The Australian government has thrown an additional AU$6.7 million to bolster efforts around advancing women and girls in science, technology, engineering, and mathematics (STEM).
Of the total additional amount, the government will invest AU$2 million in the Superstars of STEM program, delivered by Science and Technology Australia, allowing an additional 120 women to join
The Women in STEM Ambassador initiative will be handed AU$2.4 million, while the remaining AU$2.3 million will be used to expand the Future You campaign, a national digital awareness-raising initiative aimed at 8 to 12 years old children and their parents.
Minister for Science and Technology Melissa Price said the funding would further help girls and women studying STEM subjects and working in those related fields.
“Supporting girls and women with opportunities to excel in these areas is not only an important issue of equity, but it bolsters the pool of available STEM-skilled workers,” she said.
“This additional funding will continue to address structural and cultural biases that lead to the under-representation of women and girls in STEM, through amazing programs like the Superstars of STEM.
“The new investment also recognises the work of the Women in STEM ambassador and the Future You campaign in encouraging women and girls to consider STEM subjects and careers.”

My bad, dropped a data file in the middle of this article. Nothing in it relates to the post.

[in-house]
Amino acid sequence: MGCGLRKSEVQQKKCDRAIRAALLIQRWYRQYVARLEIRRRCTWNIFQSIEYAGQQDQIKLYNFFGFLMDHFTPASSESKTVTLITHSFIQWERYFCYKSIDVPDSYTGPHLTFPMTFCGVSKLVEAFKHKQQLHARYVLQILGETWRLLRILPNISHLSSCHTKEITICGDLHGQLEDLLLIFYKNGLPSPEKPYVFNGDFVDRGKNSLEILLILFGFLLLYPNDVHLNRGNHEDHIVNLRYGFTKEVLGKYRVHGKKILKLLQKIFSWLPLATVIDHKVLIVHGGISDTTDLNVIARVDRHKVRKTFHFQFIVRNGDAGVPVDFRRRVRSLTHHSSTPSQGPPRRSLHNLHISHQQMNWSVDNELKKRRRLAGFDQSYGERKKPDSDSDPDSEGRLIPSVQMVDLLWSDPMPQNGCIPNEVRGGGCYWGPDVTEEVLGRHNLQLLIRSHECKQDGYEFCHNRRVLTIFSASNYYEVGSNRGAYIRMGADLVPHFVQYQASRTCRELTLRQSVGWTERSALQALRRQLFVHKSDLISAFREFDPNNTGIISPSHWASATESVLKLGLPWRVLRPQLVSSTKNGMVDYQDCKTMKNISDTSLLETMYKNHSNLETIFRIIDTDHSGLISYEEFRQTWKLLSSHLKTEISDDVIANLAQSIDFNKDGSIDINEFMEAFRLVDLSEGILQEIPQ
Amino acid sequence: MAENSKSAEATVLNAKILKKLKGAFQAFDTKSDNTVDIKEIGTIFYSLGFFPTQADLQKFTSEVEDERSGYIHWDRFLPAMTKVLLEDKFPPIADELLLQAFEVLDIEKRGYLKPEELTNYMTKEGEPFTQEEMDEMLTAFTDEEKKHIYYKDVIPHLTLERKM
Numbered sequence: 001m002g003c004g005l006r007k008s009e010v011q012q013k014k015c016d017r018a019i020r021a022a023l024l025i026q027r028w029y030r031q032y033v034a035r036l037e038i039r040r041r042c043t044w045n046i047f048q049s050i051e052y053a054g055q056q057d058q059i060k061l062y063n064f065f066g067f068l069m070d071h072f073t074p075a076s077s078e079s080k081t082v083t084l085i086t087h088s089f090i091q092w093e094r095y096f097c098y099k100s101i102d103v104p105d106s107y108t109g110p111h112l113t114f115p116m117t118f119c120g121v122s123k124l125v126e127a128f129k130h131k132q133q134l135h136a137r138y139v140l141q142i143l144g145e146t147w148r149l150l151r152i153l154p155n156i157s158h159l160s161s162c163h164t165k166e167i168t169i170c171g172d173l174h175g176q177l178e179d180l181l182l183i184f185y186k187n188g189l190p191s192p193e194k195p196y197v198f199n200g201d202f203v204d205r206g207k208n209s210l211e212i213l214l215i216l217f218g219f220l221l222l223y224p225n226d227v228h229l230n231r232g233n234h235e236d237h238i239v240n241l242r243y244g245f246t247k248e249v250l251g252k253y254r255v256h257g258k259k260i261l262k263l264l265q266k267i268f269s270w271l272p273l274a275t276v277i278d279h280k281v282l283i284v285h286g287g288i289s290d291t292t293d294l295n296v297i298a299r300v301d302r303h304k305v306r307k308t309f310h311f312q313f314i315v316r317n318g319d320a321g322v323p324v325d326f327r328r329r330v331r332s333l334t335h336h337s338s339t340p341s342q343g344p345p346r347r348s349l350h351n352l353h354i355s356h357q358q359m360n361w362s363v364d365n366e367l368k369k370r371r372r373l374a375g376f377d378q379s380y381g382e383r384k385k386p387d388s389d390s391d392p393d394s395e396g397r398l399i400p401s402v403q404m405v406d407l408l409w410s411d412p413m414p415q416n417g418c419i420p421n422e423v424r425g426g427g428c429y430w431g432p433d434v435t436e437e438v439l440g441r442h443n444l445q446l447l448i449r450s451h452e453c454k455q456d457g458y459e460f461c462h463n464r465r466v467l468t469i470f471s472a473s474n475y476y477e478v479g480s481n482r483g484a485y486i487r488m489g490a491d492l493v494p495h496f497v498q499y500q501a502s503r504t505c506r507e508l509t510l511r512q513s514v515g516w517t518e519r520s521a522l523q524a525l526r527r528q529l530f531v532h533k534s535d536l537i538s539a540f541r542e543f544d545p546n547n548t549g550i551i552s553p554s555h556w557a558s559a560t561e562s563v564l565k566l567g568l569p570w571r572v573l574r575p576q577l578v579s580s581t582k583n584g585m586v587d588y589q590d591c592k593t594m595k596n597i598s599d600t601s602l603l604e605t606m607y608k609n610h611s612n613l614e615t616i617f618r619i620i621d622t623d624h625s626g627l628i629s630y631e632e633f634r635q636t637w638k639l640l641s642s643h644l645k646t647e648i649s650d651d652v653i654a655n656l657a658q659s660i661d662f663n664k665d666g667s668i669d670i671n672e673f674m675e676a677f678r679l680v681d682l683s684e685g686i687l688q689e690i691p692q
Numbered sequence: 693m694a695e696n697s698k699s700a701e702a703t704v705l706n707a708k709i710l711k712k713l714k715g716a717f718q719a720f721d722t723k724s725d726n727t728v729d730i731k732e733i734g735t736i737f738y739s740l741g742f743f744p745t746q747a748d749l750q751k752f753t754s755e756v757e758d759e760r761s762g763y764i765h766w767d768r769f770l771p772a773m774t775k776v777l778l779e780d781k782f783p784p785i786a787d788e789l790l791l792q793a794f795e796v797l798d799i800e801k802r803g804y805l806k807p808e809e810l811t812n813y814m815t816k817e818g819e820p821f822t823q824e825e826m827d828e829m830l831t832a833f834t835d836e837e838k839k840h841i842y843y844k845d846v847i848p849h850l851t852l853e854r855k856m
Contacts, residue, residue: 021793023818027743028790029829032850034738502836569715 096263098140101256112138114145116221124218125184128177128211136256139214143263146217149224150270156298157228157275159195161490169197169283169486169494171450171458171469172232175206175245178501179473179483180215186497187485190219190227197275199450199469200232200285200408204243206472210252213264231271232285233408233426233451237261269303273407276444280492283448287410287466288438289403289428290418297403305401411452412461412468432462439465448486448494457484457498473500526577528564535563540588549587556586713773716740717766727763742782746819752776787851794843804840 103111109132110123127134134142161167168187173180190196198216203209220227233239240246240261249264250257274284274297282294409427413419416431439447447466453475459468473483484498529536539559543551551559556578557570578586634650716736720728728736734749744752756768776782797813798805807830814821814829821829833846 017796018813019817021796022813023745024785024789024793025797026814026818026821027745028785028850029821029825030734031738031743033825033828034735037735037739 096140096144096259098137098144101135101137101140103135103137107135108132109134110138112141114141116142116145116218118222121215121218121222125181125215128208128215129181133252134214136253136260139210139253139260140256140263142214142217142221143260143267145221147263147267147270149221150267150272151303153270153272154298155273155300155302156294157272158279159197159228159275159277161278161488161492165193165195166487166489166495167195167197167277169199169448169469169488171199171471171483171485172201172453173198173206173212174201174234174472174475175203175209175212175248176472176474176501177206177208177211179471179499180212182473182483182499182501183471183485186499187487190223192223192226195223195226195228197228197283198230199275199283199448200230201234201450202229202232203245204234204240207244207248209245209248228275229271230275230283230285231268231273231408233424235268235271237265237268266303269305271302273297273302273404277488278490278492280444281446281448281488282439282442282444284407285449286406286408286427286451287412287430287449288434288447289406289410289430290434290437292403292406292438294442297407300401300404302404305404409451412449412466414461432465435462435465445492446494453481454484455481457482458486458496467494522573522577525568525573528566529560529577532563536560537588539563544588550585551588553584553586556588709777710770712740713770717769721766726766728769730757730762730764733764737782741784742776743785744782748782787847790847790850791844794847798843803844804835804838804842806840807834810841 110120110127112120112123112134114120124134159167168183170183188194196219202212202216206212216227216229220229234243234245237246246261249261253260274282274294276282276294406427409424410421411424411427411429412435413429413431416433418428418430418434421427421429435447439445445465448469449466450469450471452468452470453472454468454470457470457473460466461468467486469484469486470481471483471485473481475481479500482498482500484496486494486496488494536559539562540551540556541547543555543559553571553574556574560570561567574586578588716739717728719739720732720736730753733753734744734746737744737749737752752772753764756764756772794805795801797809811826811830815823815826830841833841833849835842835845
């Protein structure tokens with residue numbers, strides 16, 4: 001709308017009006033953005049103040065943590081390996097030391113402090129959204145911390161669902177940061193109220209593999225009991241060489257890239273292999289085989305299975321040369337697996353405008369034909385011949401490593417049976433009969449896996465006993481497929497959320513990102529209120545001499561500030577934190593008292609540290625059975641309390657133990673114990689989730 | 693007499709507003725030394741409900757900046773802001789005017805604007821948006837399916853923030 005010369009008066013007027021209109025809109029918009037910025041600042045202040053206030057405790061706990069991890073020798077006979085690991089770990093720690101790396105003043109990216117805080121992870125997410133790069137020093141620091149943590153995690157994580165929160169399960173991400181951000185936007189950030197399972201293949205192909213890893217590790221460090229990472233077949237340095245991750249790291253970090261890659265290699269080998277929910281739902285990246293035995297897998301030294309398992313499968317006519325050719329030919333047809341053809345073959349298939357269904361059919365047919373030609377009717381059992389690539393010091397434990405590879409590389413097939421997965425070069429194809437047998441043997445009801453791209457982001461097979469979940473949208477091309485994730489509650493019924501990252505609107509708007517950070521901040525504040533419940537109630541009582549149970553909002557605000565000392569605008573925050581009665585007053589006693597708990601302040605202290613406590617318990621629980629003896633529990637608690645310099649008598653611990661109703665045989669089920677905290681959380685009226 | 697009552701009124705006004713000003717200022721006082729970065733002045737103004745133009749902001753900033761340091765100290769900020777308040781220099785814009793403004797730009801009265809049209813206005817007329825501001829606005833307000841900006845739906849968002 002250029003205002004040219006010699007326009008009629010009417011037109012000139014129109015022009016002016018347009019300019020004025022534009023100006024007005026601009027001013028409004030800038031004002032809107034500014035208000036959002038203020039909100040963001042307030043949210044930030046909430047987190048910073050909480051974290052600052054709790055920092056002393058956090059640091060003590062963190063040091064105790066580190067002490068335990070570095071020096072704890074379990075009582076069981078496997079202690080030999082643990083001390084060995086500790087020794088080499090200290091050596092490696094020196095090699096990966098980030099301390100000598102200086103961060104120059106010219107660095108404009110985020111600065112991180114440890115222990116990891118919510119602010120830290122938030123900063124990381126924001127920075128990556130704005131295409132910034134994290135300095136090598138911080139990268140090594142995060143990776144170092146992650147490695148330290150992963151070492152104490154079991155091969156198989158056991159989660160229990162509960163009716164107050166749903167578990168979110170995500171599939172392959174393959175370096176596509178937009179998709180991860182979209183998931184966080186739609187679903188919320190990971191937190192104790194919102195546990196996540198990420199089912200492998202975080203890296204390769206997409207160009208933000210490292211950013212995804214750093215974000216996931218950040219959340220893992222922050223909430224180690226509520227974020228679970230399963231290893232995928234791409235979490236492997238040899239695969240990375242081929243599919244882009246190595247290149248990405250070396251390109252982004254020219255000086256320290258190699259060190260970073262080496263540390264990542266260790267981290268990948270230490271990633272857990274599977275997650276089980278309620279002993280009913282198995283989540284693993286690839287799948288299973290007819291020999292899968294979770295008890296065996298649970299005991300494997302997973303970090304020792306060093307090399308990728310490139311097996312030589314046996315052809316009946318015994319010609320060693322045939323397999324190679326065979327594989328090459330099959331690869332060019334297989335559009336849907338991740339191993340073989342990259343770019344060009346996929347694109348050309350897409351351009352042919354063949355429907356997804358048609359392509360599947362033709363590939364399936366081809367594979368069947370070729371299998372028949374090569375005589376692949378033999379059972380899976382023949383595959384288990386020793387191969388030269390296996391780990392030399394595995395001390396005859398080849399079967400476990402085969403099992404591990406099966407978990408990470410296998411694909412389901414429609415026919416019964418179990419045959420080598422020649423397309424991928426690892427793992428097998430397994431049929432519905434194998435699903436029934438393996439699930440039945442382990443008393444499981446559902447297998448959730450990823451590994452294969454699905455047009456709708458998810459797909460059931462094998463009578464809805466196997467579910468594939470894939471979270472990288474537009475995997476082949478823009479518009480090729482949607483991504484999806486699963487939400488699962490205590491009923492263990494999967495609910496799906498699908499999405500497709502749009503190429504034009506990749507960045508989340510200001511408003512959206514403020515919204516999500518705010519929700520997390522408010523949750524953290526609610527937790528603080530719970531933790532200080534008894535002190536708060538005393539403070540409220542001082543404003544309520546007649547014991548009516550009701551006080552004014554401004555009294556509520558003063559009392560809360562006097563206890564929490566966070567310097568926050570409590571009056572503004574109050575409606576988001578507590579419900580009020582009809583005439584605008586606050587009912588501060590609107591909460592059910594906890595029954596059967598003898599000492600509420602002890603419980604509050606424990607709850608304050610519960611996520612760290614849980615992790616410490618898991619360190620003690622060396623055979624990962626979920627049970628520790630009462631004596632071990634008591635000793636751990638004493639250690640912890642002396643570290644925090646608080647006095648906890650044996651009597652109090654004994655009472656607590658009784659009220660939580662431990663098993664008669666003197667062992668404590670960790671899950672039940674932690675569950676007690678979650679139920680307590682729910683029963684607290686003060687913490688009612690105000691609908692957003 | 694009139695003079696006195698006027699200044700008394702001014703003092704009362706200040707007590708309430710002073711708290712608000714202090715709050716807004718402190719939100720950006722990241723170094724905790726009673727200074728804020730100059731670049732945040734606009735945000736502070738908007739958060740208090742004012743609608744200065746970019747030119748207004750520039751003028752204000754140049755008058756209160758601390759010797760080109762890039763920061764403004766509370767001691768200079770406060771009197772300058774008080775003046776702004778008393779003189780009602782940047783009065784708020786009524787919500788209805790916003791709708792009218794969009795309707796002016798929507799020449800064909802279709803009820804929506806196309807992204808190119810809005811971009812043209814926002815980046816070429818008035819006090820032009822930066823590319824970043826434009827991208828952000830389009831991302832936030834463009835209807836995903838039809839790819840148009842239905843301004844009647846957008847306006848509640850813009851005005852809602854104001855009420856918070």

The additional investment builds on the AU$147 million the government said it has already invested in supporting gender equity in STEM.
Last year’s annual STEM Equity Monitor showed that women’s participation in STEM compared to male counterparts remain dire, however.
The 2021 edition of the monitor showed that the number of women in STEM-qualified occupations decreased by 1% from 14% in 2019 to 13% in 2020, while men in STEM-qualified occupations increased by 1% during the same period from 86% to 87%.
At the same time, the monitor showed the gender pay gap between men and women working in STEM also remained significant, but steady at 19%. In dollar terms, the gender pay gap was AU$29,000 in 2020 versus AU$26,000 across all industries.
The monitor also looked at the career transitions of women who graduated with STEM qualifications. It showed five years after graduating, men with a STEM qualification were 1.8 times more likely to be working in a STEM-qualified occupation compared to their women peers.
The monitor was launched in 2020 under the federal government’s plan plans to lift women participation in STEM. Annual findings will be provided for a 10-year period until 2029.